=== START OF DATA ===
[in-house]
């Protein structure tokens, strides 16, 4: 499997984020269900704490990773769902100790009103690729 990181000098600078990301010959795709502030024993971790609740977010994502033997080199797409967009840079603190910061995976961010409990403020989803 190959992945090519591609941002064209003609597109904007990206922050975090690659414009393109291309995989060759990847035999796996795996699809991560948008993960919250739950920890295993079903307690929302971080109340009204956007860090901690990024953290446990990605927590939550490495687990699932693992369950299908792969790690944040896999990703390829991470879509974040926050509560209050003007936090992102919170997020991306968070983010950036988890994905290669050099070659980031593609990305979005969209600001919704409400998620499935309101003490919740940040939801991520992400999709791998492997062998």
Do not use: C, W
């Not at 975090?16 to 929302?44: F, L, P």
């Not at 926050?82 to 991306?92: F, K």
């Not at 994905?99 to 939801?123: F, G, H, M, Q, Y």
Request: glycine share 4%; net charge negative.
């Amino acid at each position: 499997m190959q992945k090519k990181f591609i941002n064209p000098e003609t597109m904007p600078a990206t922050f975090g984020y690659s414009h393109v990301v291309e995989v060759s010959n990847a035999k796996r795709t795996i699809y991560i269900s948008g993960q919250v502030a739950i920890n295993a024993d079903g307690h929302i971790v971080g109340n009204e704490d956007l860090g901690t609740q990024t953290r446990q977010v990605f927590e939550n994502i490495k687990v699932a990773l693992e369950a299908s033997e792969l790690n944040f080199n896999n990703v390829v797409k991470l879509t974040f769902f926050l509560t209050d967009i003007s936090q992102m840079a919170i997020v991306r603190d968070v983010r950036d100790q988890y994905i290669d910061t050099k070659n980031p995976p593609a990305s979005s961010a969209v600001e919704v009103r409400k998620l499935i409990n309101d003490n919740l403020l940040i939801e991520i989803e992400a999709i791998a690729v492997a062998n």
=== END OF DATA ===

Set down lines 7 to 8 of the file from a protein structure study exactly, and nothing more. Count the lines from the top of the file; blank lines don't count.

Request: glycine share 4%; net charge negative.
């Amino acid at each position: 499997m190959q992945k090519k990181f591609i941002n064209p000098e003609t597109m904007p600078a990206t922050f975090g984020y690659s414009h393109v990301v291309e995989v060759s010959n990847a035999k796996r795709t795996i699809y991560i269900s948008g993960q919250v502030a739950i920890n295993a024993d079903g307690h929302i971790v971080g109340n009204e704490d956007l860090g901690t609740q990024t953290r446990q977010v990605f927590e939550n994502i490495k687990v699932a990773l693992e369950a299908s033997e792969l790690n944040f080199n896999n990703v390829v797409k991470l879509t974040f769902f926050l509560t209050d967009i003007s936090q992102m840079a919170i997020v991306r603190d968070v983010r950036d100790q988890y994905i290669d910061t050099k070659n980031p995976p593609a990305s979005s961010a969209v600001e919704v009103r409400k998620l499935i409990n309101d003490n919740l403020l940040i939801e991520i989803e992400a999709i791998a690729v492997a062998n």